William Bradbury's tune associated with the hymn "He Leadeth Me"
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This is popular tune for "Come, Thou Long Expected Jesus."
This is the popular tune for the hymn "All Creatures of Our God and King."
(From Joseph Belcher's Historical Sketches of Hymns, Their Writers, and Their Influence)
Samuel Medley (1738-99)
Rev. Samuel Medley was pastor of the First Baptist Church at Liverpool, England, for twenty-seven years, during which time he also regularly preached at Whitefield's Tabernacle and Tottenham Court Road Chapel, in London. In early life Mr. Medley was very gay and profane. He was engaged in the British navy, where he was severely wounded in one of the several actions in which he fought. Returning to his pious grandfather's house for the sake of surgical attendance, he was brought under the preaching of the excellent Whitefield and Dr. Giiford, and was soon led to the Saviour whose name he had so often blasphemed. He died, after a very successful ministry, in 1799, aged sixty-one years. In the year following his death, a volume of original hymns from his pen was issued, very few of which are now valued. He also published two or three sermons, and several humorous papers. He was eccentric in his manners, but had a pious soul and a noble heart.
Arranged by Henry W. Greatorex, 1851
(From "Library of Christian Hymns" by Dahle)
John Fawcett, Baptist preacher of England, was born January 6, 1739 (or 1740), in Lidget Green, near Bradford, Yorkshire. At the age of 16 he came under the influence of Whitefield and joined the Methodists, but three years later he became a member of the Baptist church of Bradford. In 1765 he was ordained to the ministry and was installed in the Baptist congregation of Wainsgate, Yorkshire. Seven years later, in 1772, he was called to London to succeed the famous Dr. J. Gills of Carter’s Lane. He accepted the call. After delivering his farewell sermon to the congregation at Wainsgate, six loads of household goods were brought up near the church preparatory to his leaving for London. But the congregation was not ready to bid him farewell. Men, women, and children thronged about their pastor and his family and wept. Fawcett and his wife also were moved to tears at the sight. Finally his wife said, “O John, I cannot endure this; I do not understand how we can leave this place.” “No, you are right,” he replied, “neither shall we leave.” Then all their belongings were unpacked and put in...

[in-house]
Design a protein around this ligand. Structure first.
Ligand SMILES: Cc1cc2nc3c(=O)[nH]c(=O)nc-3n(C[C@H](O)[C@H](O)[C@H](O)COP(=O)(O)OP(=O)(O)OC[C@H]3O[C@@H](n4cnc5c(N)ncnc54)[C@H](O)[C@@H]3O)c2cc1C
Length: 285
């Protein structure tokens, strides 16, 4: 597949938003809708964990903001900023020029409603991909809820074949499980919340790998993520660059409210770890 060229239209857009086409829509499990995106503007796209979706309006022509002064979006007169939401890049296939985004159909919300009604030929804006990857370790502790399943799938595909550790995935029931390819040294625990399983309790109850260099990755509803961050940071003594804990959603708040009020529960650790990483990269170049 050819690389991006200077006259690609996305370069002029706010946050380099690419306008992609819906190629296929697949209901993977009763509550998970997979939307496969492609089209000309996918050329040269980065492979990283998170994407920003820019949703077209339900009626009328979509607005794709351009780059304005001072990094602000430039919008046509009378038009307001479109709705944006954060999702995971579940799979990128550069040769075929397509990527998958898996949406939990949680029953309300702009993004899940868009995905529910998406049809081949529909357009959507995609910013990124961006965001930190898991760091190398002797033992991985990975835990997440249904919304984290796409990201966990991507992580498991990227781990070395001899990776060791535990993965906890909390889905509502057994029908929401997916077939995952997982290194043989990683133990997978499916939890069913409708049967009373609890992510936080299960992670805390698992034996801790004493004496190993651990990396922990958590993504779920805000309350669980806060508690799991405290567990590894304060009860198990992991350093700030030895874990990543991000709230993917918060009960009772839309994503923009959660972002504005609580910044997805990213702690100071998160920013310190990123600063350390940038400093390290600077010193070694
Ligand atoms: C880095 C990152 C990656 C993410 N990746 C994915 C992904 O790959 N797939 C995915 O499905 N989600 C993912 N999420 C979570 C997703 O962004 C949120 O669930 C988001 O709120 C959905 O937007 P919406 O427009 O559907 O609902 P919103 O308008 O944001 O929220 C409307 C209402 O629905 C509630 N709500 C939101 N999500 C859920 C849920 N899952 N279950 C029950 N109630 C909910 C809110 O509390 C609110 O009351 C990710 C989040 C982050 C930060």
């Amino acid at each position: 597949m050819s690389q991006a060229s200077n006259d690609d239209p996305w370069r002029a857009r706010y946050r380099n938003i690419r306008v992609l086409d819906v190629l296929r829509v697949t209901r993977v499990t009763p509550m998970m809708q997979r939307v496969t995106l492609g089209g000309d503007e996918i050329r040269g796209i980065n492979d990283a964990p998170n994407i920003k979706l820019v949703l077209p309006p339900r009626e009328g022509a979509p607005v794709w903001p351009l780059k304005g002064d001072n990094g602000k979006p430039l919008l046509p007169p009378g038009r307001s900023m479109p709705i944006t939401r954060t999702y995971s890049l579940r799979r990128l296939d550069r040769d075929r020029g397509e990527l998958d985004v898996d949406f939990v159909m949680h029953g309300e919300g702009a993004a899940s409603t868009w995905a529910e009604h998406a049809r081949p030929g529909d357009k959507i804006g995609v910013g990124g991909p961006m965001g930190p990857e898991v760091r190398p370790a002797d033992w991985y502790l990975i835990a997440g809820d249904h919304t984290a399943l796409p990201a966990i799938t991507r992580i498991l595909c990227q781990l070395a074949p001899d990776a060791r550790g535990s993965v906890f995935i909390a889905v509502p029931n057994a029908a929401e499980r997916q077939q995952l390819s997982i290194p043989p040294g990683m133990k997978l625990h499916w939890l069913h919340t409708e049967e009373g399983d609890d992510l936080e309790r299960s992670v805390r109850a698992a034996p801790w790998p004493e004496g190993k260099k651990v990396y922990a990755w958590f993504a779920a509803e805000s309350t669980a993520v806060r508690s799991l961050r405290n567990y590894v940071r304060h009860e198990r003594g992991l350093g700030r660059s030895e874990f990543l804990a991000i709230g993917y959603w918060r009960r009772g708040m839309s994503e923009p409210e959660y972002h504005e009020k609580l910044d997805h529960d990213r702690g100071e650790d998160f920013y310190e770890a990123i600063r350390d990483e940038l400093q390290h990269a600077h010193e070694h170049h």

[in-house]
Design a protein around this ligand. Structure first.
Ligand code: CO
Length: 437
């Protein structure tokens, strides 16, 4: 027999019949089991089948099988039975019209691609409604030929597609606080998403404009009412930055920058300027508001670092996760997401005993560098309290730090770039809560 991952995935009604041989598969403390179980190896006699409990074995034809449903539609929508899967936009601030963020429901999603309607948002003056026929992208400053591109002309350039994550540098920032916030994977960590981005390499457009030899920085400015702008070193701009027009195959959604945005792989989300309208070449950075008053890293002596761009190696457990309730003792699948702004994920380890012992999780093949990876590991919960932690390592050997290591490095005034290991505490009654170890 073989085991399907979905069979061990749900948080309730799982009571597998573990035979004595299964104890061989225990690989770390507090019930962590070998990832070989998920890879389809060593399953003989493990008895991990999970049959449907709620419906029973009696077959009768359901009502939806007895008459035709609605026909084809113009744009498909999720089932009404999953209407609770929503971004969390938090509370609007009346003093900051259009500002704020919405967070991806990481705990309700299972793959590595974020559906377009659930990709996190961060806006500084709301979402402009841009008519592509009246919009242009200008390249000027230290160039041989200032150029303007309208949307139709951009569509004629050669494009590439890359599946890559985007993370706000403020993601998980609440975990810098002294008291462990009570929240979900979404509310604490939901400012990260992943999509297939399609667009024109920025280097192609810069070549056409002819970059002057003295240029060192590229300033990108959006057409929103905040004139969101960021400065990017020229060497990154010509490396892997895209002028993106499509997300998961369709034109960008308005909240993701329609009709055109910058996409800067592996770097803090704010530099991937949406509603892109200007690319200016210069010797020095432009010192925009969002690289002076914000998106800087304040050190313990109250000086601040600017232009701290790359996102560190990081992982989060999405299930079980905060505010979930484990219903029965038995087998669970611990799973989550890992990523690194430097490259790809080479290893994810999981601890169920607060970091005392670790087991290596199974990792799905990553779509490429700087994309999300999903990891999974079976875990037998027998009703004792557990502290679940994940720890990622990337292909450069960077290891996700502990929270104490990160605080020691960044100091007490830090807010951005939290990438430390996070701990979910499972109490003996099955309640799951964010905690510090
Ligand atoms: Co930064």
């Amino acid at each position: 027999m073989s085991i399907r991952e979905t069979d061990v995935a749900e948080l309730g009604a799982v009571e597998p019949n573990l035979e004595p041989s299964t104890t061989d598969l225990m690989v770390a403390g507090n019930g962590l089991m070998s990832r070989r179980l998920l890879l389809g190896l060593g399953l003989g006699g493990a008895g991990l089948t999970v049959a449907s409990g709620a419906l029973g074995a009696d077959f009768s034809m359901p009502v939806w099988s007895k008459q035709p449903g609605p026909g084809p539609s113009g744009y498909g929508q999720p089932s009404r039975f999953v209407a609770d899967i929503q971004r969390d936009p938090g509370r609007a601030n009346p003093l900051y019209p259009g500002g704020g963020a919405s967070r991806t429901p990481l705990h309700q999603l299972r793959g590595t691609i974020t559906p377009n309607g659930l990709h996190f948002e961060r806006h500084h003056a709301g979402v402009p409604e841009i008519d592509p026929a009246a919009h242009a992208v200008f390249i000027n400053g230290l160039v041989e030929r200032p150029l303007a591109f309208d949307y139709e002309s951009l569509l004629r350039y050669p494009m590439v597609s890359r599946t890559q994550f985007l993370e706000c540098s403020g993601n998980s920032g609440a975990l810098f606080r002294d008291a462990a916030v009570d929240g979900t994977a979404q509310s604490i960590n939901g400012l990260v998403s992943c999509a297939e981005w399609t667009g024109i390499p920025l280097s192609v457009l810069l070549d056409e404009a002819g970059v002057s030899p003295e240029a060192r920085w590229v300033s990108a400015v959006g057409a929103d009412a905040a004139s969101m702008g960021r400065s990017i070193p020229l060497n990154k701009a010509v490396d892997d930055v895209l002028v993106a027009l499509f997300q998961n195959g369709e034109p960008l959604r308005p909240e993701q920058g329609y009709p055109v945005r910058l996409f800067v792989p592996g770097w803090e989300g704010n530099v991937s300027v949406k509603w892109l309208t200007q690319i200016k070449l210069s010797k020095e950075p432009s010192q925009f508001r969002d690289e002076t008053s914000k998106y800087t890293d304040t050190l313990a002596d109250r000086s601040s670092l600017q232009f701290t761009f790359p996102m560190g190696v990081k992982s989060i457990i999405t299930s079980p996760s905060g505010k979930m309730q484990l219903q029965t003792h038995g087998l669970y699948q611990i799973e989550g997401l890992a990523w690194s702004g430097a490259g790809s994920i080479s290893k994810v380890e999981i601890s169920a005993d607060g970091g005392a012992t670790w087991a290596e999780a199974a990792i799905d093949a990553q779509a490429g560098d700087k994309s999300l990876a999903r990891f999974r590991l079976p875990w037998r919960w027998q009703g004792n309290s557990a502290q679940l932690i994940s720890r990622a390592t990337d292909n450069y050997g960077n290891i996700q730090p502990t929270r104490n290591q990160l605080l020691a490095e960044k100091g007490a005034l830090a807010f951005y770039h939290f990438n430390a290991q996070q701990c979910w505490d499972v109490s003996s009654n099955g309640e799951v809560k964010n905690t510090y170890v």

(From the "Little Flock Hymn Book: Its History and Hymn Writers" by Adrian Roach)
Josiah Condor, the fourth son of Thomas Condor, was born in Falcon Street, Aldesgate, London, on Sept. 17th. 1789. His grandfather, Dr. John Condor, was a noted Dissenter clergyman. His father, Thomas, was also a strong Nonconformist and so Josiah grew up in this environment. At five years of age, smallpox blinded him in his right eye. Fearing the possible loss of his other eye, he was sent to Hackney for electrical treatment. His physician became his teacher, and carried him through the fundamentals of French, Latin and other studies. At fifteen he entered into his father's bookstore as an assistant. In 1810 we find him in co-operation with Ann and Jane Taylor and Eliza Thomas (who later became his wife) and some others in publishing a book called "The Associate Minstrels". It secured a second edition in 1812. He also edited a newspaper called the "Patriot" but was never out of financial problems, yet he went on encouraged by his Lord. He once had a fall from his horse, which laid him aside in much pain and suffering,...
(From "Hymn Writers of the Church" by Charles Nutter)
Hart, Joseph, a Congregational minister of England, was born in 1712 of pious parents. He was well educated, and was for many years a teacher of the classics. In early life he was pious, but relapsed into sin and exerted a most pernicious influence upon all with whom he associated. While in this backslidden state he wrote a pamphlet titled The Unreasonableness of Religion, Being Remarks and Animadversions on the Rev. John Wesley's Sermon on Romans viii. 32. But he was deeply convicted in his fortieth year, and betook himself to daily prayer and to reading the Scriptures. It was not, however, until he attended a service at the Moravian church in Fetter Lane, London, on Whitsunday, 1757, that he obtained peace. He now became an earnest and consecrated Christian, and many of his best hymns were written within the next two years following his conversion. His Hymns Composed on Various Subjects, with the Author's Experience were published in several editions during his lifetime (first edition, 1759) and subsequent to his death. This volume led to his being importuned to become a preacher, which he did, although in his forty-eighth year, becoming...